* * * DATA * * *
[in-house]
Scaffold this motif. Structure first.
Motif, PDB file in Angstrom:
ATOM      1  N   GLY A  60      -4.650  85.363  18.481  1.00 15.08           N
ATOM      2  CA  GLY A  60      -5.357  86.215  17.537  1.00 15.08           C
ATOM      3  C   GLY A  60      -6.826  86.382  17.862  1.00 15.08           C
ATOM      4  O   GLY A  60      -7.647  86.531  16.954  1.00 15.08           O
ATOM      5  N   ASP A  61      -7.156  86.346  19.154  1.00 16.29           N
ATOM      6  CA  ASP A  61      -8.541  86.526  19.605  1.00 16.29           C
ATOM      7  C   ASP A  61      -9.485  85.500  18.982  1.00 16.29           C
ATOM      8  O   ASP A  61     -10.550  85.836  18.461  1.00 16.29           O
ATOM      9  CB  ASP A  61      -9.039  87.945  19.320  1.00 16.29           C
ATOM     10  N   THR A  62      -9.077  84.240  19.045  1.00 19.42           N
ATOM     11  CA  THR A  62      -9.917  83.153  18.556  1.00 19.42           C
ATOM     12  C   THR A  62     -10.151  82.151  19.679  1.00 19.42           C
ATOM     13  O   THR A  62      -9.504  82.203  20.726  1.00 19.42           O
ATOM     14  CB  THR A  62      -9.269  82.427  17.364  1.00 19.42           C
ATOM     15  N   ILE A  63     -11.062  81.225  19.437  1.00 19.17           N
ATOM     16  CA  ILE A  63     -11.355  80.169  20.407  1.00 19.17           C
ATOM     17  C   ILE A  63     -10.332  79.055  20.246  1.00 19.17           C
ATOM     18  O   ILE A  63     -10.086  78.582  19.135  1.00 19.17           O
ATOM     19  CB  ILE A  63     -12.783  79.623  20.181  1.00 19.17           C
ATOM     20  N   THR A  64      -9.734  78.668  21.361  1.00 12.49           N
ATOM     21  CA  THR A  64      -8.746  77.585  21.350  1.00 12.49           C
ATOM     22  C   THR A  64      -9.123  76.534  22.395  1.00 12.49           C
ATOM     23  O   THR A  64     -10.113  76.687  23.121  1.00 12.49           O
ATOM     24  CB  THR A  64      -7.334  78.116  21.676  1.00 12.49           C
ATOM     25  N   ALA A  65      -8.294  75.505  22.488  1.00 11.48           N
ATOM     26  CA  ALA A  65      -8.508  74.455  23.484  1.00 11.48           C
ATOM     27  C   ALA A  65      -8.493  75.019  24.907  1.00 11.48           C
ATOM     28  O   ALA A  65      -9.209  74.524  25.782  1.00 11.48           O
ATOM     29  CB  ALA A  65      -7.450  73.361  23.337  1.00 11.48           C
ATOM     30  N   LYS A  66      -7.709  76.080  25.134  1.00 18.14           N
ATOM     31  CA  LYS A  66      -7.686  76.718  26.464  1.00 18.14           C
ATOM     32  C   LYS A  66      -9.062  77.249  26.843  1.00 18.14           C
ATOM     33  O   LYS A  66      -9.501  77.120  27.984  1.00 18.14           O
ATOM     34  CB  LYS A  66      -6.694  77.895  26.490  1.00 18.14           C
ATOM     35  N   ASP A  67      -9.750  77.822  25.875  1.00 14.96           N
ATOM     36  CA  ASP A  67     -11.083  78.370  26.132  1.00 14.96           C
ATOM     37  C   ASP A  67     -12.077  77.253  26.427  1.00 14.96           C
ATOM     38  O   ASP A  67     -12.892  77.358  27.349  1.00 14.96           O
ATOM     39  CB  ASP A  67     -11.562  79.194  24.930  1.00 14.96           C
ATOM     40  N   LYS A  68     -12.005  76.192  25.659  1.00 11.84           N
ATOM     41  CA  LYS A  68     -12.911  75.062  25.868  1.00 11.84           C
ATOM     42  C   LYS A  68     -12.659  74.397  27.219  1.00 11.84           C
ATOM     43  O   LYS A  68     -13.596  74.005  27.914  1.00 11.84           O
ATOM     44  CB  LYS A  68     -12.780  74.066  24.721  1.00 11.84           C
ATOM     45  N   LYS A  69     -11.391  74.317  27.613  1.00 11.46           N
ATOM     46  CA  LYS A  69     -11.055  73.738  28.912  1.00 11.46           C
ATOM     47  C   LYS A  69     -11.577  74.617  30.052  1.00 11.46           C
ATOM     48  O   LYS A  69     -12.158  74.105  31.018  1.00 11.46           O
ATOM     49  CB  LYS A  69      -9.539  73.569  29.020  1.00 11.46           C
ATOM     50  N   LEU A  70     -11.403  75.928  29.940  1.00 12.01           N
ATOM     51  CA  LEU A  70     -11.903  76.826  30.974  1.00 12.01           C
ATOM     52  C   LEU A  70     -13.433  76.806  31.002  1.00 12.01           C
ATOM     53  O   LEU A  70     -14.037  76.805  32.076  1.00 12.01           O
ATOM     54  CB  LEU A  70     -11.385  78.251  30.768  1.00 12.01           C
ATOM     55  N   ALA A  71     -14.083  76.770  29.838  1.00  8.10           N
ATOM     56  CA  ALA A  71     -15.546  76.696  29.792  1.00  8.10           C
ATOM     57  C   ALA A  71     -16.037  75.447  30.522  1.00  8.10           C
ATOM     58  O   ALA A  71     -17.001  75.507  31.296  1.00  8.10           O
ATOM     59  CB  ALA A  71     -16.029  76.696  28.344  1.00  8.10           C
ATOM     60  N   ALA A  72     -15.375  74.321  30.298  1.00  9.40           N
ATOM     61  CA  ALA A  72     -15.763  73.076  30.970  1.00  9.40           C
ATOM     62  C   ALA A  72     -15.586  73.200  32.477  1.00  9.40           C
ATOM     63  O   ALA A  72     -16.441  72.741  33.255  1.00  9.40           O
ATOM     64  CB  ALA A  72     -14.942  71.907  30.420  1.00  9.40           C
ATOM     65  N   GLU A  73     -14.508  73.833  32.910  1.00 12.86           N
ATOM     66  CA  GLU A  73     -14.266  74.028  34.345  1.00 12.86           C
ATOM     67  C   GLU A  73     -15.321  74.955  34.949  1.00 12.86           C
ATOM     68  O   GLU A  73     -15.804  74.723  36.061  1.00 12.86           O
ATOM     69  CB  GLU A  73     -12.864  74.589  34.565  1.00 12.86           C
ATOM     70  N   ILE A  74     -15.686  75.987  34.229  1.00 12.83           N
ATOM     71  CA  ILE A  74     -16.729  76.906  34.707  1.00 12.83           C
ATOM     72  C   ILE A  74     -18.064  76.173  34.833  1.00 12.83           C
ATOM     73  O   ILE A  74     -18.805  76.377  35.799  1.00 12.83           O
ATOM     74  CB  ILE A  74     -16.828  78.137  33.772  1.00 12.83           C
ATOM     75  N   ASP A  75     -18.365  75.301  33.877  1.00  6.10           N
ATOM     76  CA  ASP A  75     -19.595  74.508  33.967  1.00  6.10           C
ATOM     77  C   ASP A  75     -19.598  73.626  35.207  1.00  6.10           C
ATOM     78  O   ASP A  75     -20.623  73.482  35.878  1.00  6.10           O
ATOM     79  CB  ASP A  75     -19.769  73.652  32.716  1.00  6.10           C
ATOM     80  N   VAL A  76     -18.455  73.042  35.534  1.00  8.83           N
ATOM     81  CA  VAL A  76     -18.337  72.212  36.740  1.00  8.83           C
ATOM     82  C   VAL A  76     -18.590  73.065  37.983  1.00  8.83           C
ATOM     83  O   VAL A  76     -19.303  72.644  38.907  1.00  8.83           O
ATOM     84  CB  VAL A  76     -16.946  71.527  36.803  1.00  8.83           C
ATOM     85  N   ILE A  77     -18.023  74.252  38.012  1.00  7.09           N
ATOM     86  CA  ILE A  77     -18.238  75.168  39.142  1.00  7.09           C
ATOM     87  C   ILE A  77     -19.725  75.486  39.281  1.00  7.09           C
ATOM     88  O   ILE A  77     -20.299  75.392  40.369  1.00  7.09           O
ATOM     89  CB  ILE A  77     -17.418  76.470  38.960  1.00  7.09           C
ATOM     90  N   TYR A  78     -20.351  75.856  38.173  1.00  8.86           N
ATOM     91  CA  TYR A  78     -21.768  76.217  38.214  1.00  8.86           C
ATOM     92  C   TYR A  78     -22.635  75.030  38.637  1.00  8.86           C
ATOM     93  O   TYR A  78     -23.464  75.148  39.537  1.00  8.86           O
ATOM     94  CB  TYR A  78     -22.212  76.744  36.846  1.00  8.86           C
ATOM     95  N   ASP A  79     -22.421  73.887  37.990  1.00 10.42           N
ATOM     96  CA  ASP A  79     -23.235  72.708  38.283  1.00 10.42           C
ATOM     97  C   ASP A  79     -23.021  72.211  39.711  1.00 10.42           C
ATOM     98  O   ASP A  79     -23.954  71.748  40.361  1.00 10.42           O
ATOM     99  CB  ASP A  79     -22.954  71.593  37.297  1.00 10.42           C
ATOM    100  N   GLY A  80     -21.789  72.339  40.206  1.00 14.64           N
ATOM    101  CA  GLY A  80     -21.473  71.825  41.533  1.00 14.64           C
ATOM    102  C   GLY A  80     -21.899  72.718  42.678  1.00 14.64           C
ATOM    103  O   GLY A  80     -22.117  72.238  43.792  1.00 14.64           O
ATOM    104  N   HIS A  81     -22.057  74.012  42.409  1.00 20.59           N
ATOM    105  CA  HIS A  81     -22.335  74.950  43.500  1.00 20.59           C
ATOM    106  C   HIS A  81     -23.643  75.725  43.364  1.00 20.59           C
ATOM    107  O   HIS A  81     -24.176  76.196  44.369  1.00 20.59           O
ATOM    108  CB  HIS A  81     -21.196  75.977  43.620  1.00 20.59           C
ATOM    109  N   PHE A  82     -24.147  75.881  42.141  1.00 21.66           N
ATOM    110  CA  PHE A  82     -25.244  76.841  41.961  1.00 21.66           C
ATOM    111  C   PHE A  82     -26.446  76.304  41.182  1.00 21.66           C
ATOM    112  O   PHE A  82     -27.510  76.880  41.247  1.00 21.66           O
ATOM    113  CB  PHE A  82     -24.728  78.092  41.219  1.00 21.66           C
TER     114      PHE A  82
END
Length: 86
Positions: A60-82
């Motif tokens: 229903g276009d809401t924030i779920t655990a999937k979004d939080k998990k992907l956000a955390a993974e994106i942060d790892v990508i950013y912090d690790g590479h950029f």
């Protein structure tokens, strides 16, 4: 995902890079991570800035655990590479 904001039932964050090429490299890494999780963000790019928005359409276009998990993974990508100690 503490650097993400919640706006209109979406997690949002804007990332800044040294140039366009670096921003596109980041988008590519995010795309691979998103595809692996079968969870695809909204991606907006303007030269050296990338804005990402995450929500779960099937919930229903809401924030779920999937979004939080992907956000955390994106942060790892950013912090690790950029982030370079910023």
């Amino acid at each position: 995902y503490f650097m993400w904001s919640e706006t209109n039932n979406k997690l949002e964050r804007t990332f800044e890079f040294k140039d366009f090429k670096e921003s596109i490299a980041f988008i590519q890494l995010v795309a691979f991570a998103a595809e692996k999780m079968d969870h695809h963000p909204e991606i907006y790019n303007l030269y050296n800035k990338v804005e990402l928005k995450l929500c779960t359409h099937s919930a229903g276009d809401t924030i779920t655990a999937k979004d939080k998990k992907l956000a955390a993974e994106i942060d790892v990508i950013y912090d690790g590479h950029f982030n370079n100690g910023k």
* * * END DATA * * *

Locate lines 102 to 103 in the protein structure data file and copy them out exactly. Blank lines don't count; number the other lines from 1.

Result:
ATOM     99  CB  ASP A  79     -22.954  71.593  37.297  1.00 10.42           C
ATOM    100  N   GLY A  80     -21.789  72.339  40.206  1.00 14.64           N